Your browser is no longer supported

For the best possible experience using our website we recommend you upgrade to a newer version or another browser.

Your browser appears to have cookies disabled. For the best experience of this website, please enable cookies in your browser

We'll assume we have your consent to use cookies, for example so you won't need to log in each time you visit our site.
Learn more

Guy Anson Maunsell (1884-1961)

Bridges

It was in the last years of his life that Maunsell designed a series of bridges that place him joint top of my list of the innovators this century. He was nearly 70 when he decided to set up his own practice in 1955 with a young team of civil engineers that followed him when he dissolved the partnership of Maunsell, Posford & Pavry

Starting from scratch, within five years he had established his new practice as one of the best in the world in prestressed concrete bridge design. He travelled widely while in his 70s, trying to find work for his fledgling team and landed on his feet when he successfully bid for the design work of several major bridge crossings in Australia.

The multi-span concrete Narrows Bridge built in Perth, Australia, in 1957 was followed by the Tasman Bridge, in Hobart in 1958. Then came the precast prestressed segmentally constructed arch for the Gladesville Bridge which he conceptually designed and schemed. He sketched all the construction stages and the outline design of the structure on several sheets of tracing paper, but sadly never lived to see it built.

Back at home his first bridge commission was the Hammersmith flyover in 1958 - it was the first in the UK to use precast segmental, post-tensioned construction. The large savings in cost made by this construction method over more conventional designs in steel and reinforced concrete prompted the London County Council to make an exceptional ex-gratia payment to Maunsell for additional design fees.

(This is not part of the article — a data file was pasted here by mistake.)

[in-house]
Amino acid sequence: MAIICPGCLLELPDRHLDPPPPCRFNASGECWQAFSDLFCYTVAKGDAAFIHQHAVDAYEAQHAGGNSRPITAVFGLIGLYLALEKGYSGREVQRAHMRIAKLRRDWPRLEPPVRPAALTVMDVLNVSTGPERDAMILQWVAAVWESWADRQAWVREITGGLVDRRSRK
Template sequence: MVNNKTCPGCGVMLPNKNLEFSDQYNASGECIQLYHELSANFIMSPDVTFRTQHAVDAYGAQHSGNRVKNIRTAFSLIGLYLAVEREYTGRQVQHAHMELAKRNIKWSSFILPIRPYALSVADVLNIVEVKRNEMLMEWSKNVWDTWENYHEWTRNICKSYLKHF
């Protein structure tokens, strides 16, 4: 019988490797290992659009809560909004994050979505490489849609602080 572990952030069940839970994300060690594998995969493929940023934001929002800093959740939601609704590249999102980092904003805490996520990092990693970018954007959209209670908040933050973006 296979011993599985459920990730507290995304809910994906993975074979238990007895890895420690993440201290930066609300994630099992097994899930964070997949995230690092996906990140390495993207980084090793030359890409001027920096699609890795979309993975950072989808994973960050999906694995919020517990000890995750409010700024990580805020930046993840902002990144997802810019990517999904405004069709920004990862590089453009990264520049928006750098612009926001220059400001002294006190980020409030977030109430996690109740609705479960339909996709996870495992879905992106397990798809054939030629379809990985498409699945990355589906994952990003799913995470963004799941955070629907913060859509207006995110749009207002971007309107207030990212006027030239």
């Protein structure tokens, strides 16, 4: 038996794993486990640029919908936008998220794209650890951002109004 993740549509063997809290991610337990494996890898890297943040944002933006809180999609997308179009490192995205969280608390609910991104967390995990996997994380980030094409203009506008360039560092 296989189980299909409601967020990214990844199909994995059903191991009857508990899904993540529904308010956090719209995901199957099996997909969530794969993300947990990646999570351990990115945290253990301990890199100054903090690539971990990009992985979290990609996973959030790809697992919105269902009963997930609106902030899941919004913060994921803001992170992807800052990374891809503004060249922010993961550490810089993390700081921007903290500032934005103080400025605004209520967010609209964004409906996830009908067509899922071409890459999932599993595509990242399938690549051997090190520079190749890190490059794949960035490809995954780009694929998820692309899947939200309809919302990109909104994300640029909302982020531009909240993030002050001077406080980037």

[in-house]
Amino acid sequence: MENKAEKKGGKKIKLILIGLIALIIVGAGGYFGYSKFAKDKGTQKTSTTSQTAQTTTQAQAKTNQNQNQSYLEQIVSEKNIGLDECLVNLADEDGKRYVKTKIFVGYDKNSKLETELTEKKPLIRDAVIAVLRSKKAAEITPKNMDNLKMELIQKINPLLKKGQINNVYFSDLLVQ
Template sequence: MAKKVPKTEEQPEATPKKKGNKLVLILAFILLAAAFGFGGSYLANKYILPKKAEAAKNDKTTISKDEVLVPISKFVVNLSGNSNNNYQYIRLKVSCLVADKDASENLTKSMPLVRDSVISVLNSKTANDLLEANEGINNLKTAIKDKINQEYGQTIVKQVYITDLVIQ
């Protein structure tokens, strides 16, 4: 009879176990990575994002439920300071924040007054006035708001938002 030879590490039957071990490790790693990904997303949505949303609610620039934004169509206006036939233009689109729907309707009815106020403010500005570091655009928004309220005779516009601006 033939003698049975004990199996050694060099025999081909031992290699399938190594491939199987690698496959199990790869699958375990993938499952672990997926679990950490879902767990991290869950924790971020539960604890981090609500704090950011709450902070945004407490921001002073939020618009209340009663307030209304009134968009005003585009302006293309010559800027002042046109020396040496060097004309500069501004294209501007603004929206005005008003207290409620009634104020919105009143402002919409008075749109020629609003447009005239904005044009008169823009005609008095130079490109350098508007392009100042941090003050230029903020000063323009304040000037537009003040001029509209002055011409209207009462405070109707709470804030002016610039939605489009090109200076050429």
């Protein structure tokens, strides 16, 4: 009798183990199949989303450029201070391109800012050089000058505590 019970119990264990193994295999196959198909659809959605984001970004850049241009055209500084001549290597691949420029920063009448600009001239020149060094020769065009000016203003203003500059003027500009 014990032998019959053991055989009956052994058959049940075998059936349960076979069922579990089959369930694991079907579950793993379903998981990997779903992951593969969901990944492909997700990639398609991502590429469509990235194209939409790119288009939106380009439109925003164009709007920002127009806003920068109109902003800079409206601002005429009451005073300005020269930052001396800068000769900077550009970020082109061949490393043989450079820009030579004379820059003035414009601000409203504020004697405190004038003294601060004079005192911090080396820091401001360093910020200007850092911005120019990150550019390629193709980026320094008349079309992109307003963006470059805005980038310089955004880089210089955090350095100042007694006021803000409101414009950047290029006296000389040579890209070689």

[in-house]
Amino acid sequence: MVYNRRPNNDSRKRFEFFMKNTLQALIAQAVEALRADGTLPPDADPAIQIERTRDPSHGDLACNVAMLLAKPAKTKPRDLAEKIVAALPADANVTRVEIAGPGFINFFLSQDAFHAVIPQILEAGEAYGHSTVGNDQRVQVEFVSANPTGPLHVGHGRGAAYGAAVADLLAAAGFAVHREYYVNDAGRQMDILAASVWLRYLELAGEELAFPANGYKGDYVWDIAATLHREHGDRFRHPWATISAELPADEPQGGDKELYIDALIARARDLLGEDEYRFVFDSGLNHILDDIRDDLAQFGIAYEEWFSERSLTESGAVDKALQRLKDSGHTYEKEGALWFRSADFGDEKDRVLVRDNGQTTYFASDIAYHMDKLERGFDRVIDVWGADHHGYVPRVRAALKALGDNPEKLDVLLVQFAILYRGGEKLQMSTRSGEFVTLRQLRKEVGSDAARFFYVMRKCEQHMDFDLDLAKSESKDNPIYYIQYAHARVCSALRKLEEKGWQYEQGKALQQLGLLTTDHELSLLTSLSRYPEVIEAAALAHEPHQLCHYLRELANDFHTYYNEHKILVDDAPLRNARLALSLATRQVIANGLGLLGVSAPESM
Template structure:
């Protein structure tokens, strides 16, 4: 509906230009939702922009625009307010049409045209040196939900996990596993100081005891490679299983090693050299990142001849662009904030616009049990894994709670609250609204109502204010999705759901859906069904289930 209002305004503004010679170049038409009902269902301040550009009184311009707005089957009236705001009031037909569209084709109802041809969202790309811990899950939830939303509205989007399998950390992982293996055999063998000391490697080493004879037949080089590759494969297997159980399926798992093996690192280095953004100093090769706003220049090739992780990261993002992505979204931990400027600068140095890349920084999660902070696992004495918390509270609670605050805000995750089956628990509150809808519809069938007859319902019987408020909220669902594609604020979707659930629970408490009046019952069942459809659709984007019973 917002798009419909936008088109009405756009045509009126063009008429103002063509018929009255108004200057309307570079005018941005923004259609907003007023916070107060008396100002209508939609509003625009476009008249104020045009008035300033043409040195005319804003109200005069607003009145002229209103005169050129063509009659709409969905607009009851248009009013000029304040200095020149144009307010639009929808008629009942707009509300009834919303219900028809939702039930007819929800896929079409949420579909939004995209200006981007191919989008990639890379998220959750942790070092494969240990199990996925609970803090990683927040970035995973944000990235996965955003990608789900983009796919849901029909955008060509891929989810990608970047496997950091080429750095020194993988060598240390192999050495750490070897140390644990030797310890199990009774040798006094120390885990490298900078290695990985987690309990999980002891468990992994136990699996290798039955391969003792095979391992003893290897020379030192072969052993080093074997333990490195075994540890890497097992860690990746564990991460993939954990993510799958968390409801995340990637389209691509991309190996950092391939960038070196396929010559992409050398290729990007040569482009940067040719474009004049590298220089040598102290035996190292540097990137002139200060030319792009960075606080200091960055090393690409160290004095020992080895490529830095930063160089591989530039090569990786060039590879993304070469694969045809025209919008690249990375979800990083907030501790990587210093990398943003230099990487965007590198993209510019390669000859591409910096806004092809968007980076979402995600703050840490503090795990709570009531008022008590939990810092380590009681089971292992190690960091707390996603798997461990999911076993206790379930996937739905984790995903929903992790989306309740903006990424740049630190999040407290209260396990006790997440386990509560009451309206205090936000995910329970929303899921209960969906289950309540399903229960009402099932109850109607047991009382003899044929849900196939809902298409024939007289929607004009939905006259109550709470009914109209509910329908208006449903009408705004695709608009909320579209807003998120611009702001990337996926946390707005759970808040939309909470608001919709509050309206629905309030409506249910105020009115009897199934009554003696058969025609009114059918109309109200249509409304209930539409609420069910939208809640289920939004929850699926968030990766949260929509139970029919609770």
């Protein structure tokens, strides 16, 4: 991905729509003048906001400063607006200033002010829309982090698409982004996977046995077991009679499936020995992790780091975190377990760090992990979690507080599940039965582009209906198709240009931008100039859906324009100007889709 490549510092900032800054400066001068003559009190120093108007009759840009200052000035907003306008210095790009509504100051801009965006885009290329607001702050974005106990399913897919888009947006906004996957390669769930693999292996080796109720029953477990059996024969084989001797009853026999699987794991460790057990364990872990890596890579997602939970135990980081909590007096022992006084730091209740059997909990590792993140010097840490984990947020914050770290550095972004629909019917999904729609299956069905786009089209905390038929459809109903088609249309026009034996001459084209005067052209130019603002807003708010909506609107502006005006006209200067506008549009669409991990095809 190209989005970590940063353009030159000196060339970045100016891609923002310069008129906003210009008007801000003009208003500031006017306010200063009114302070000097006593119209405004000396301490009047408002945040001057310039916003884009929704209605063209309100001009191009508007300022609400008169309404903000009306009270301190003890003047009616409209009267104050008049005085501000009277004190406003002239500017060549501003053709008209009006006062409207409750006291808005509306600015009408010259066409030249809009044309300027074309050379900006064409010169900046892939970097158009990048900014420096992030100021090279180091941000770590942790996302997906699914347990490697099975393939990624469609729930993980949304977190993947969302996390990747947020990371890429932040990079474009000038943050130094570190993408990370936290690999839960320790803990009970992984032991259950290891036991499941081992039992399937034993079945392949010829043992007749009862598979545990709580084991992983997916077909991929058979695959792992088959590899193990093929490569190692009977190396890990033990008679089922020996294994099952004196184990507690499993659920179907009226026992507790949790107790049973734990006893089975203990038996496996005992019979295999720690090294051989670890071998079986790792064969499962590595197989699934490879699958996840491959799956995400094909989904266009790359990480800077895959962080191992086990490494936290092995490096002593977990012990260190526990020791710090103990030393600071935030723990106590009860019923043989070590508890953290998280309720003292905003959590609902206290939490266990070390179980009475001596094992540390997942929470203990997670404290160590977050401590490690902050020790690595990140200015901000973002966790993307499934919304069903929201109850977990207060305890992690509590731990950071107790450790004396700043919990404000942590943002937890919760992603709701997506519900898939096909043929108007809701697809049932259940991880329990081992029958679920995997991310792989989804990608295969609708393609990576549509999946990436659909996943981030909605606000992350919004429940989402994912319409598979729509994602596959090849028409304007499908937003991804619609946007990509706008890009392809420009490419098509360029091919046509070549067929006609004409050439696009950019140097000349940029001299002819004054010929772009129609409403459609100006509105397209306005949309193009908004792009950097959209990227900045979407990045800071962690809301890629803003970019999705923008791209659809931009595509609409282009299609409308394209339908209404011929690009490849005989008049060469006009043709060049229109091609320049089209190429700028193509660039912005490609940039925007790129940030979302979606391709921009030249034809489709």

Maunsell was an engineering polymath. While at Maunsell, Posford & Pavry he designed harbours, drydocks and dams around the world. He also designed the Falls of Clyde hydroelectric scheme in 1926, patented the Gambi pile and was the first to put forward proposals for an immersed tube construction in 1955.

Maunsell was also chief engineer for the 3,200m-long Stormstrund crossing in Denmark; and site agent on Putney Bridge widening. During the Second World War he was the designer of the Mulberry Harbour caissons, having previously designed several concrete boats and floating docks that were used during the First World War. He was a gifted painter whose drawings and water colours of civil engineering works are highly sought after today.

Have your say

You must sign in to make a comment

Please remember that the submission of any material is governed by our Terms and Conditions and by submitting material you confirm your agreement to these Terms and Conditions. Please note comments made online may also be published in the print edition of New Civil Engineer. Links may be included in your comments but HTML is not permitted.